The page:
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Title: Information for citizenship
Author: Leonard, P.
Awarding Body: University of Wales Swansea
Current Institution: Swansea University
Date of Award: 2001
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This research is based on the premise that information is a prerequisite for exercising the rights and responsibilities of citizenship. However, evidence shows that information provision about social rights is patchy. The 'information poor' are therefore disadvantaged in access to welfare. The possession of social rights further implies an obligation on others to provide the information which is needed to exercise those rights. The study examines government information policies to inform the public about social security benefits, and explores the intentions behind the provision - or withholding - of such information. The research tests the hypothesis that government information policy can be explained by reasons other than, or in addition to, enabling citizens to exercise their social rights. Historical and contemporary evidence from interviews with policy makers and from secondary sources are analysed to detect shifts in information policy over the last fifty years. In doing so the research looks for corresponding changes in definitions of, and attitudes towards, citizenship. The study concludes that government information policies directly influence which claimants exercise their rights to the benefits to which they are entitled. Information policy is a complex and dynamic process, based on a variety influences. Of these, 'citizenship' explanations have some merit, but 'political' influences play a major part in information policy.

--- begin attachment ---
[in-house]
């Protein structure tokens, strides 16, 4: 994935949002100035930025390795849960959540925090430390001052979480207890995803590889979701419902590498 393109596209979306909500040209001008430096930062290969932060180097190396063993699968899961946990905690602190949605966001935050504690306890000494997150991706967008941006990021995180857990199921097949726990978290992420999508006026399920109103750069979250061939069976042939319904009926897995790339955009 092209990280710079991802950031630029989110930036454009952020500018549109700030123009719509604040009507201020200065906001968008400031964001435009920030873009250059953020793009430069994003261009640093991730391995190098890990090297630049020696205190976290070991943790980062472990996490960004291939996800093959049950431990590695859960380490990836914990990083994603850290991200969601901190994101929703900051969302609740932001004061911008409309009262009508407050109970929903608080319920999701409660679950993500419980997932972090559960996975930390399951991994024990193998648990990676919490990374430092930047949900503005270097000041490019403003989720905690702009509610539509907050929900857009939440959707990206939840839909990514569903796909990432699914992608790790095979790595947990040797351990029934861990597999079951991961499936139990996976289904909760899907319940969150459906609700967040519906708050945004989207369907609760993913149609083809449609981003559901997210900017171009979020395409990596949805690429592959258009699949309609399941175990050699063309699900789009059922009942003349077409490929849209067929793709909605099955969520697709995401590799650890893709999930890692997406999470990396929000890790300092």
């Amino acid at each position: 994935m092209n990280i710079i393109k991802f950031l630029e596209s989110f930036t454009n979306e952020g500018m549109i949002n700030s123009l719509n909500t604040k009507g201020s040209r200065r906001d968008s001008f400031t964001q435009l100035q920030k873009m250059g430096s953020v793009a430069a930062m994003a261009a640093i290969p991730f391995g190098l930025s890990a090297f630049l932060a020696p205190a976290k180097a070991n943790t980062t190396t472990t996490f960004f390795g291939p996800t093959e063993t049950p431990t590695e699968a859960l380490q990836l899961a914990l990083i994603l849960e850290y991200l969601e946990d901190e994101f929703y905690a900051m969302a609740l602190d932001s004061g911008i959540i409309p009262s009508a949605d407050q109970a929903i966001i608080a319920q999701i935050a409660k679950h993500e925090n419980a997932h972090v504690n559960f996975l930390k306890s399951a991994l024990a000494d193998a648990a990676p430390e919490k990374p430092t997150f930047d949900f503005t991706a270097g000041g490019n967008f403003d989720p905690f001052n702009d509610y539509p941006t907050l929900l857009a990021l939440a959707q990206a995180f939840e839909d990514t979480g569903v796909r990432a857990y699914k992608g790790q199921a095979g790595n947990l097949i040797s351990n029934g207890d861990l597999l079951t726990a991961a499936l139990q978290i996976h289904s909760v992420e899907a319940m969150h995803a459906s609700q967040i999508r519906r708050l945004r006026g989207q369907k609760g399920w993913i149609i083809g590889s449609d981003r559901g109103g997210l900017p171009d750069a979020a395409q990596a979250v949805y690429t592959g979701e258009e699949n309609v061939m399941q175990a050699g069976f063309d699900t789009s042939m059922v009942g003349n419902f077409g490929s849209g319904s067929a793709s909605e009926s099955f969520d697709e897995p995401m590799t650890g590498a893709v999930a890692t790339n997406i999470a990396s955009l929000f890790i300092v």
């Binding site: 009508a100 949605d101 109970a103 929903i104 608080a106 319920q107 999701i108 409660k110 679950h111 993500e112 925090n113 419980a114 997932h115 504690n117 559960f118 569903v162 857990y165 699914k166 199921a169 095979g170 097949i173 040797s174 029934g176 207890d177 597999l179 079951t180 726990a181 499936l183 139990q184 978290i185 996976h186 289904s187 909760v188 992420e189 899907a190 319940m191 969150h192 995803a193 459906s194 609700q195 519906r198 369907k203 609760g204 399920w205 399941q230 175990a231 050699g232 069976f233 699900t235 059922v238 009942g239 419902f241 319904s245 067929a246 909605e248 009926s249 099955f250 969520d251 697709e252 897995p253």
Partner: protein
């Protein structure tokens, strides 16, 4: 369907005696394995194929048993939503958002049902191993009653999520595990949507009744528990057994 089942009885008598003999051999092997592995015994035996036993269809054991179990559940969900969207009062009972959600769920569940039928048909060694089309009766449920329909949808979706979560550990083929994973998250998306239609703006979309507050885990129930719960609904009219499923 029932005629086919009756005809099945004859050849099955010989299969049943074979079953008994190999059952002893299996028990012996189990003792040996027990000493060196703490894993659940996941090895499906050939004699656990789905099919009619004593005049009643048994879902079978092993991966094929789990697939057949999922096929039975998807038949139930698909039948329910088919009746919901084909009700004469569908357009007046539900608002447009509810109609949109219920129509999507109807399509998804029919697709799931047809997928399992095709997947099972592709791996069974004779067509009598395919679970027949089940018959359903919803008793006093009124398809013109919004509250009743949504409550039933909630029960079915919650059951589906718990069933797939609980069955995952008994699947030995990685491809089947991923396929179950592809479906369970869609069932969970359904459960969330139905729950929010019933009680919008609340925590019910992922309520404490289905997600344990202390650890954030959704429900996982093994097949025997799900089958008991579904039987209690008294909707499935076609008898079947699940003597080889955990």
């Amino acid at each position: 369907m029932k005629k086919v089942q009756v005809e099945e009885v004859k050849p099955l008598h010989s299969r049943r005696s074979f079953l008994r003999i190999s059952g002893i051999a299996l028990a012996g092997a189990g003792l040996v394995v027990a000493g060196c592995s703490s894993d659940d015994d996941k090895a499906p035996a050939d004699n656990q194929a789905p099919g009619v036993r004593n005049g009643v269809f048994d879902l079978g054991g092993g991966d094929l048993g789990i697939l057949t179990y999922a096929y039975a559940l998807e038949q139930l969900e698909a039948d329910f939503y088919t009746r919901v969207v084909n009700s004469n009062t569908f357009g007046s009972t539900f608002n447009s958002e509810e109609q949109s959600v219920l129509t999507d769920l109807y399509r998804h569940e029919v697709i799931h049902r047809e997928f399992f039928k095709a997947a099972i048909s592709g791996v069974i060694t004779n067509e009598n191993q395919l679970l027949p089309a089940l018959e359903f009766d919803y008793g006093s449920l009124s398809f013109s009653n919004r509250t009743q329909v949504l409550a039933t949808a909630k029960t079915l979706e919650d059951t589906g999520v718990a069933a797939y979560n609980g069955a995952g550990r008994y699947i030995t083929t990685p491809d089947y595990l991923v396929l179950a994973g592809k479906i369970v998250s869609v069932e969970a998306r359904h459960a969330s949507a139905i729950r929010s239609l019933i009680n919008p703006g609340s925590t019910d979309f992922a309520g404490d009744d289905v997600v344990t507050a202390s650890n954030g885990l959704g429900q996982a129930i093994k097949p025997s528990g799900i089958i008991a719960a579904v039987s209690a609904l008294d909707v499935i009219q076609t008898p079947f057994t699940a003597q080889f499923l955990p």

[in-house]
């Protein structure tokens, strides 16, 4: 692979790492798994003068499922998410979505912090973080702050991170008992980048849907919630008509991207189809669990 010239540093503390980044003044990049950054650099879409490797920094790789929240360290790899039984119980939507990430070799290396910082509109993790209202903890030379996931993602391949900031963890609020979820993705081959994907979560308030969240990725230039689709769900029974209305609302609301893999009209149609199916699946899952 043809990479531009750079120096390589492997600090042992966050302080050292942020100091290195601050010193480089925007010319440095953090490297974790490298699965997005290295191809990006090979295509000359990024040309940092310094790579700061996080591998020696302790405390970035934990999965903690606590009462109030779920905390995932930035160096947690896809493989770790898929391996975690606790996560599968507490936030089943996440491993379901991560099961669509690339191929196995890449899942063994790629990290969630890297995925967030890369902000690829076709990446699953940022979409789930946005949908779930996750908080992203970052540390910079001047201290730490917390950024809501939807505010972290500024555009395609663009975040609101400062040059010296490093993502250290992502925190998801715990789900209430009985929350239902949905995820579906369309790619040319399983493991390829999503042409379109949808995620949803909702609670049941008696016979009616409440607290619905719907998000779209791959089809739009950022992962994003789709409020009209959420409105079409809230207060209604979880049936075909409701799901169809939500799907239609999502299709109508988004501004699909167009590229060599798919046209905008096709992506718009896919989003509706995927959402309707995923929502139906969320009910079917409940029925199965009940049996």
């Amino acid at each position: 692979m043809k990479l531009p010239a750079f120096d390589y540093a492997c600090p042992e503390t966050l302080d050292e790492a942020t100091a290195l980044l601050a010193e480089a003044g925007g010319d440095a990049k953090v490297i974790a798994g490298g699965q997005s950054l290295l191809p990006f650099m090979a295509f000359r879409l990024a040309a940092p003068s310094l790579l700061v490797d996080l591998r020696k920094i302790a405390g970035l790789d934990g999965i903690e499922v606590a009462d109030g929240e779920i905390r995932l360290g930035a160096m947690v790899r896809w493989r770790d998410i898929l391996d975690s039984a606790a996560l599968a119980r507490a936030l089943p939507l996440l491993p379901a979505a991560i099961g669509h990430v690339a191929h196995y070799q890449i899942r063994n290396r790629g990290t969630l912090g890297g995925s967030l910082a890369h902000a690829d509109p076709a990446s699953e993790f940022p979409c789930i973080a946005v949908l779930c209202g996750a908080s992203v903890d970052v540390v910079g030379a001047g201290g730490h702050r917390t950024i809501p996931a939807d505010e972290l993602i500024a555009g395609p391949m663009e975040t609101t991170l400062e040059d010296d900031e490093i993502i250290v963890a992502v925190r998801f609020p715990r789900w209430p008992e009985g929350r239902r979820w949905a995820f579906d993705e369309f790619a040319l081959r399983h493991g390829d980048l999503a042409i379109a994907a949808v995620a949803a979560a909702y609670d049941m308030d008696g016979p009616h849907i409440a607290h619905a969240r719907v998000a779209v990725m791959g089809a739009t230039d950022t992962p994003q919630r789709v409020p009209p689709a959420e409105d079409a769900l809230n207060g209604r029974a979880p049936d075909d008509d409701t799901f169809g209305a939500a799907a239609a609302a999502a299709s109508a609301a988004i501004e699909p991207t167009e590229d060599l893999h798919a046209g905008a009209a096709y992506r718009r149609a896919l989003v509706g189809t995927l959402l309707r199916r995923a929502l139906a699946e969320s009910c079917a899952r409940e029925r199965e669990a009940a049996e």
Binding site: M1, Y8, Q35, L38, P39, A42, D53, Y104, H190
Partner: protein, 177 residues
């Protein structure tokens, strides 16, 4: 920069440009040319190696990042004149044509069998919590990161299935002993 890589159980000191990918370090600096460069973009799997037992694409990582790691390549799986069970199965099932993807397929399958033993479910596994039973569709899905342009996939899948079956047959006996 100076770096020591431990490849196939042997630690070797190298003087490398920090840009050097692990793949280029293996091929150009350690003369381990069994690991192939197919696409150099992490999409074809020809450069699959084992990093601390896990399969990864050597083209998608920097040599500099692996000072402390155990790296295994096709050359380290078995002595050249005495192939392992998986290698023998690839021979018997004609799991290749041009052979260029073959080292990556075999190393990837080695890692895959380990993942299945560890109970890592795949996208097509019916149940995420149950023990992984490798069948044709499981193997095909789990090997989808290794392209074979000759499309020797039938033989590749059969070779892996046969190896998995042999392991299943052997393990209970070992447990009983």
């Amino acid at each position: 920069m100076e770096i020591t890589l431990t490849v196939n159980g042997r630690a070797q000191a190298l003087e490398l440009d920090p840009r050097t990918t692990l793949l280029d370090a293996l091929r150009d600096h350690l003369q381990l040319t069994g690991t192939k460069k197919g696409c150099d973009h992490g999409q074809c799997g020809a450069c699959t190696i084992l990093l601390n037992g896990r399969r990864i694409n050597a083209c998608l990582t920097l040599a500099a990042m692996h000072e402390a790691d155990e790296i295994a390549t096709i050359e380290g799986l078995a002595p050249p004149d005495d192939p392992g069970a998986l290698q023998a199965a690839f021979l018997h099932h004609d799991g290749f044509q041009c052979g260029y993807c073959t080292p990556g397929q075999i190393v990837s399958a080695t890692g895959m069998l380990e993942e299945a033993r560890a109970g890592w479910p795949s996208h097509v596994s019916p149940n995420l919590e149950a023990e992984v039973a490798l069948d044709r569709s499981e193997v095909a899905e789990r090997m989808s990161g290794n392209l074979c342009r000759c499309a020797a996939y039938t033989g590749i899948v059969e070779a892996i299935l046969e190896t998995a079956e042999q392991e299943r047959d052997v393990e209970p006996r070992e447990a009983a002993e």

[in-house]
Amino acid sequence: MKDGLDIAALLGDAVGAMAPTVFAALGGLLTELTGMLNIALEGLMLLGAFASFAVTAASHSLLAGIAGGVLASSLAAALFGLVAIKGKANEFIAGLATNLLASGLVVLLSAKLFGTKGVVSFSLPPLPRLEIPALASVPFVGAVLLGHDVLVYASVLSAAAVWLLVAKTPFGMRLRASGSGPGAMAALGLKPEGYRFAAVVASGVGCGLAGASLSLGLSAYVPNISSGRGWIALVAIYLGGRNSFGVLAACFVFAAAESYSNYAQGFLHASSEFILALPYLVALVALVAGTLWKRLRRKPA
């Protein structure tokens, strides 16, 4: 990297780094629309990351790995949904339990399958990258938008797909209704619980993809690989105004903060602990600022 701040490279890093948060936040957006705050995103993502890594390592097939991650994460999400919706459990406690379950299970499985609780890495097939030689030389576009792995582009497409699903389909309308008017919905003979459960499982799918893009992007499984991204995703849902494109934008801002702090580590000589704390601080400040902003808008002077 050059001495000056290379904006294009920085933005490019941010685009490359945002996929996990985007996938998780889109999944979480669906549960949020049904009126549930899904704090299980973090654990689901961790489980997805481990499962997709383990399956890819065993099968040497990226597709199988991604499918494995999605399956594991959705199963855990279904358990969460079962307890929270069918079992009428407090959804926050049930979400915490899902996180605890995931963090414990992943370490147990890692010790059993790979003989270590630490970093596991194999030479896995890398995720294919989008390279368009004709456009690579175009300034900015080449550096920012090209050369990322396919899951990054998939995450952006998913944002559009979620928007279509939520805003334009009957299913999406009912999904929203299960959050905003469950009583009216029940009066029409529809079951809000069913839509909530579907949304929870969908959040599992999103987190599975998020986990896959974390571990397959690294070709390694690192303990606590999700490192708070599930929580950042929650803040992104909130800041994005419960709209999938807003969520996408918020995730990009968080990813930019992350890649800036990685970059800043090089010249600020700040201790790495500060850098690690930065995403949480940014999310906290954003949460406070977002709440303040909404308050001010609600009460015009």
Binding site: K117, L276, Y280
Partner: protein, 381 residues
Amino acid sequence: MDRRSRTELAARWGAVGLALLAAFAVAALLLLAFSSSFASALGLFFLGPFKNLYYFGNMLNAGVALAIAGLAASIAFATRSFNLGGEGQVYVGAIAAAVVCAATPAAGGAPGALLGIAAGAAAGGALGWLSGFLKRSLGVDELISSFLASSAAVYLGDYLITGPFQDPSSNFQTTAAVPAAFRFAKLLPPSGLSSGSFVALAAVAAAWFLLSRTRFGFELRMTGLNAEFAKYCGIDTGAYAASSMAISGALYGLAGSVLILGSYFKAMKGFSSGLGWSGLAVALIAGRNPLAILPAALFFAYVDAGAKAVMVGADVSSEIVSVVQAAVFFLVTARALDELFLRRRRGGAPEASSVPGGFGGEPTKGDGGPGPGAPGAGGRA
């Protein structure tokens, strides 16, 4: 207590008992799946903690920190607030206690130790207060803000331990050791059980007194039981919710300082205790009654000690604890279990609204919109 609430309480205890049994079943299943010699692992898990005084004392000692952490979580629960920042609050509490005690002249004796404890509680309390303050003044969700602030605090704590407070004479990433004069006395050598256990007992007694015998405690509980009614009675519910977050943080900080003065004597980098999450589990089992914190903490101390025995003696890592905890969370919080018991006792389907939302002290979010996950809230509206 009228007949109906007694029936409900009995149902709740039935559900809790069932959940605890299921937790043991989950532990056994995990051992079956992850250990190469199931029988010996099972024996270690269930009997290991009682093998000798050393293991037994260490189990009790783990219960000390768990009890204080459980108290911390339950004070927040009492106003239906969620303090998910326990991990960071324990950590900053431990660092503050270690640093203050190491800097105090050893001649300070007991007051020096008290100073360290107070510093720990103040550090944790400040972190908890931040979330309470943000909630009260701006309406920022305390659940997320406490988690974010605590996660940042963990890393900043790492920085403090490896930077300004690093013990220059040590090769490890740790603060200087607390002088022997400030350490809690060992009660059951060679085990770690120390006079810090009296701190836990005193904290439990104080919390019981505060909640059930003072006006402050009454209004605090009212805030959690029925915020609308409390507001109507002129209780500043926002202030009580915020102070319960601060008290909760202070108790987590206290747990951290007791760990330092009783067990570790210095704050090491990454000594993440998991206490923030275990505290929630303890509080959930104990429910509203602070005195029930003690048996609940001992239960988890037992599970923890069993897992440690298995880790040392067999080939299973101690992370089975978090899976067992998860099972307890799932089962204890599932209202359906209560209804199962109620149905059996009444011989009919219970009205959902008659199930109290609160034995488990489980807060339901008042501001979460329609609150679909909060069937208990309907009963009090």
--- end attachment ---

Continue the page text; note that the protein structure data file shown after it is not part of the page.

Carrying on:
Supervisor: Not available Sponsor: Not available
Qualification Name: Thesis (Ph.D.) Qualification Level: Doctoral
EThOS ID:  DOI: Not available